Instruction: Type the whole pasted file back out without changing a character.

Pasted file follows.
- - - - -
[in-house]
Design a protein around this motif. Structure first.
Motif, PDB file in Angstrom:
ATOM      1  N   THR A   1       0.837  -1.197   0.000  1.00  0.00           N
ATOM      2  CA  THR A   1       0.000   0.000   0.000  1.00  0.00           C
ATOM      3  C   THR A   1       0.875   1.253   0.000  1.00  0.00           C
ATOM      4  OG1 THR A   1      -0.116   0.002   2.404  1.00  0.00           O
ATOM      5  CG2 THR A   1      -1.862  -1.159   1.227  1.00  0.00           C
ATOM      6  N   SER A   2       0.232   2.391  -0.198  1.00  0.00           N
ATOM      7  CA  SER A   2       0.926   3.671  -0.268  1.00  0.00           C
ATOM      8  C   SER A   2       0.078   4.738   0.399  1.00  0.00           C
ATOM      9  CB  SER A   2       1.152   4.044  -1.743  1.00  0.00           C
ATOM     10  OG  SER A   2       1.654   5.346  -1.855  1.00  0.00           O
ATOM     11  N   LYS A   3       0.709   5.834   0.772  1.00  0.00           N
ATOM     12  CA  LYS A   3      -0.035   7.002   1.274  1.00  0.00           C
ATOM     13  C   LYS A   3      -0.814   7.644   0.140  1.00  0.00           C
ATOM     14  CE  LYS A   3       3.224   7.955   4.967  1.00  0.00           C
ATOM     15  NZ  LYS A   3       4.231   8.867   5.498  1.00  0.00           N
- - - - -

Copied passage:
[in-house]
Design a protein around this motif. Structure first.
Motif, PDB file in Angstrom:
ATOM      1  N   THR A   1       0.837  -1.197   0.000  1.00  0.00           N
ATOM      2  CA  THR A   1       0.000   0.000   0.000  1.00  0.00           C
ATOM      3  C   THR A   1       0.875   1.253   0.000  1.00  0.00           C
ATOM      4  OG1 THR A   1      -0.116   0.002   2.404  1.00  0.00           O
ATOM      5  CG2 THR A   1      -1.862  -1.159   1.227  1.00  0.00           C
ATOM      6  N   SER A   2       0.232   2.391  -0.198  1.00  0.00           N
ATOM      7  CA  SER A   2       0.926   3.671  -0.268  1.00  0.00           C
ATOM      8  C   SER A   2       0.078   4.738   0.399  1.00  0.00           C
ATOM      9  CB  SER A   2       1.152   4.044  -1.743  1.00  0.00           C
ATOM     10  OG  SER A   2       1.654   5.346  -1.855  1.00  0.00           O
ATOM     11  N   LYS A   3       0.709   5.834   0.772  1.00  0.00           N
ATOM     12  CA  LYS A   3      -0.035   7.002   1.274  1.00  0.00           C
ATOM     13  C   LYS A   3      -0.814   7.644   0.140  1.00  0.00           C
ATOM     14  CE  LYS A   3       3.224   7.955   4.967  1.00  0.00           C
ATOM     15  NZ  LYS A   3       4.231   8.867   5.498  1.00  0.00           N